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Speak to your MP about their plans for the new Alzheimer’s reality

June 2011

At a recent international conference on Alzheimer’s disease, held in Toronto, I listened to many fascinating and diverse presentations. My main interest is the psychosocial aspect of the disease. Interestingly, many speakers, from various countries, had a strong message for Canadians.

Alzheimer’s disease and dementia is growing at such a rapid pace that it is expected that by 2050, there will be 115 million people affected worldwide. During last month’s election, Canadians were urged to seek out political candidates and ask questions about their strategy, both short term and long term, with regard to this disease.

Canadians with dementia will double in the next generation to 1.3 million people with a cumulative cost of $872 billion, according to Rising Tide, The Impact of Dementia on Canadian Society. The report highlights the fact that many of these people will be diagnosed before they reach 65.

The Canadian Alzheimer Society posted a letter on their website suggesting three questions residents could ask their MPs:

1. Would your party commit to meeting the needs of the 500,000 Canadians with dementia with a national brain strategy?

2. Would your party commit to a comprehensive and universal package of support programs for family caregivers?

3. Would your party support these investments (see letter on Alzheimer’s Society of Canada website) and commit to the $100-million contained in the budget for brain-disease research as a first step toward a comprehensive, permanent federal research program?

I admit to not being very politically aware. While I was fascinated by the charisma of Pierre Elliott Trudeau, I was more interested in the persona than the politics. I sometimes regret not having moved out of Quebec in the ’70s, as many of my friends headed west on the 401. But the strong message at this conference got me interested enough to want to ask my MPs some questions. Coincidentally, I was confronted with a personal issue where I felt my rights as a Canadian were wronged.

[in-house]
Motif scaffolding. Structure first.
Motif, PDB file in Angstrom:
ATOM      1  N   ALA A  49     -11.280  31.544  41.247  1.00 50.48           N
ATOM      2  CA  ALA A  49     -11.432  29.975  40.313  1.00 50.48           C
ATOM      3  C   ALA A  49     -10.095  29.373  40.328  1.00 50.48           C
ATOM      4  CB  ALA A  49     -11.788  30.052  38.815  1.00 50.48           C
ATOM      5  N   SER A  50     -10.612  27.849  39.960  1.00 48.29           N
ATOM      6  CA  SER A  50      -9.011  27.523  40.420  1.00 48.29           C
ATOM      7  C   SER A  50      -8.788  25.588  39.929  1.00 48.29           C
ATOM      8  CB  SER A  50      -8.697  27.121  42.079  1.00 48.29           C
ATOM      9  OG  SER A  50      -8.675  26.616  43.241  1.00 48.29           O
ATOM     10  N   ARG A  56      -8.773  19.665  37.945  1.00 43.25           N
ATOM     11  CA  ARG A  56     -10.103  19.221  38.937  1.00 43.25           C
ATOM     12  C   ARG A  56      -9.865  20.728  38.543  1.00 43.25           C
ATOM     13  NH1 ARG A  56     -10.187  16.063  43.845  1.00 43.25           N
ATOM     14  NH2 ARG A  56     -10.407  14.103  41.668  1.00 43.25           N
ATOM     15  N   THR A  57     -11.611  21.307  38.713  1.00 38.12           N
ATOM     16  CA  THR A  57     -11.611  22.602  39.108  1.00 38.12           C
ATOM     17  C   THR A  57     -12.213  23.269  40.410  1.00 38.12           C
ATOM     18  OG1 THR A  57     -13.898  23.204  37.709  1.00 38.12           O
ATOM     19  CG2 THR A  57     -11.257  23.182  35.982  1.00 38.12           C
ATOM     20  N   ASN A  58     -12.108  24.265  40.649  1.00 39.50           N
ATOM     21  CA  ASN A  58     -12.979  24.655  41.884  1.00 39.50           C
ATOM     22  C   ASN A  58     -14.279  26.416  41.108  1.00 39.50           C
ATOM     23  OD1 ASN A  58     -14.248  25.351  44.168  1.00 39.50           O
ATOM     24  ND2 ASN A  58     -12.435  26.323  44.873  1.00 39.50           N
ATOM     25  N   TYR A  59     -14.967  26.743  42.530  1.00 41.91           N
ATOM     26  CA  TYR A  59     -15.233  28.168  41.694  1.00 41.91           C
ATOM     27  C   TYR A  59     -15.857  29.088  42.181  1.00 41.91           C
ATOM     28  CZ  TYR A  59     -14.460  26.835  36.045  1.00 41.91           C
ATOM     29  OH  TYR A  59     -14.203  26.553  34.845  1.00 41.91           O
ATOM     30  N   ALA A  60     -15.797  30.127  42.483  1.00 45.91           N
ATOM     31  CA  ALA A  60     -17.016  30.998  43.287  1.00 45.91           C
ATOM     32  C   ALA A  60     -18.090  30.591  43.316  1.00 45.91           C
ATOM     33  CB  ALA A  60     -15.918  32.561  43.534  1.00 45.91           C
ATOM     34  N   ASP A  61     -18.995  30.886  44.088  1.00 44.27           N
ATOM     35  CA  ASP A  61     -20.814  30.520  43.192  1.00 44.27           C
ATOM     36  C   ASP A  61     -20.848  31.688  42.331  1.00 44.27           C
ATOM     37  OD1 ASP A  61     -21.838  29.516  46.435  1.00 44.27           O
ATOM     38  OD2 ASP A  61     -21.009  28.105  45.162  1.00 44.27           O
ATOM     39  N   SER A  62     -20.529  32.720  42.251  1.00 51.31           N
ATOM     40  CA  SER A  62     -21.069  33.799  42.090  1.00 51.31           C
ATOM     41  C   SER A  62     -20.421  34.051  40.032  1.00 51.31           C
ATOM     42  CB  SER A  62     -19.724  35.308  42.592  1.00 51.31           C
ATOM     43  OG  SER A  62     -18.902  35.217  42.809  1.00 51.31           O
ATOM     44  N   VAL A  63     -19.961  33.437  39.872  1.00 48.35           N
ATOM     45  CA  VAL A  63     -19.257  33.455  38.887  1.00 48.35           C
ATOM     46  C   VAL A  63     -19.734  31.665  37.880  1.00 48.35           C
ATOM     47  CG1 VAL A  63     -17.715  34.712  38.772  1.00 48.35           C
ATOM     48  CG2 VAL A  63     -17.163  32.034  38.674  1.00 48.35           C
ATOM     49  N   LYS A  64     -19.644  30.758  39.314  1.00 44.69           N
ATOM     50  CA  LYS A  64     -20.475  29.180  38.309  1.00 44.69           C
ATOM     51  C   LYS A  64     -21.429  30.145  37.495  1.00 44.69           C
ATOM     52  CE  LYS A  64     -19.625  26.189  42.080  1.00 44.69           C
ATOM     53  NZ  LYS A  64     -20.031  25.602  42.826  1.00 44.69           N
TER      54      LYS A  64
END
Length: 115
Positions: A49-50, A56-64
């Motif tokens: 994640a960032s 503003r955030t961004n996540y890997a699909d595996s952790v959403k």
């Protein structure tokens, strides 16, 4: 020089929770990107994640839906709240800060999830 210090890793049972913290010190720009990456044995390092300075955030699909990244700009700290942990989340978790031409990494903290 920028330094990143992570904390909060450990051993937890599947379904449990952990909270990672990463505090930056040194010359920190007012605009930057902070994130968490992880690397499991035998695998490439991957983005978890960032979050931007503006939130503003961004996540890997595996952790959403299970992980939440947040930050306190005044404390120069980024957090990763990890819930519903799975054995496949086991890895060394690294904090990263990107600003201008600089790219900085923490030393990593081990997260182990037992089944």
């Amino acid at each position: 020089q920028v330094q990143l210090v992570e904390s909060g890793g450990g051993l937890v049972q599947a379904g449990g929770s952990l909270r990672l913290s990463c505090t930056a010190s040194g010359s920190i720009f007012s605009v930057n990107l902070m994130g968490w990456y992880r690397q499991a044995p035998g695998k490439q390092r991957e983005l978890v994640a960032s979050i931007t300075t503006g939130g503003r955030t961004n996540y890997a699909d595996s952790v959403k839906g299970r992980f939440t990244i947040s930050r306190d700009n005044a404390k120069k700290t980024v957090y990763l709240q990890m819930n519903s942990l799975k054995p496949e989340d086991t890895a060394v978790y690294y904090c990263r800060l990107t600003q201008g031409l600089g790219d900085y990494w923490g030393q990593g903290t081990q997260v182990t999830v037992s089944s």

I sent off an email requesting a meeting with my MP or with one of his assistants. After a couple of days, I received a reply informing me that I would be contacted by the MP’s assistant. After two more days, I sent a thank-you note saying I was looking forward to hearing from the assistant. Another couple of days passed and I called the office at 10:30 a.m. to hear a recorded message saying the office would be open from 10-12 and 1-4 during election time.

I left a message that included phone where I could be reached. The following day, I dropped in to the office and asked not about dementia, but about their lack of response. The person who was to have contacted me heard my story and invited me to talk with her.

She was bright and charming and spoke well, explaining the lack of response and offering a chance to meet with the MP.

While she was quite sympathetic, there was not much she could offer other than a list of other people to contact. I handed her my card and asked her to email me the information. She promised to so. And? You got it, no message from her, and no vote for that party from me.

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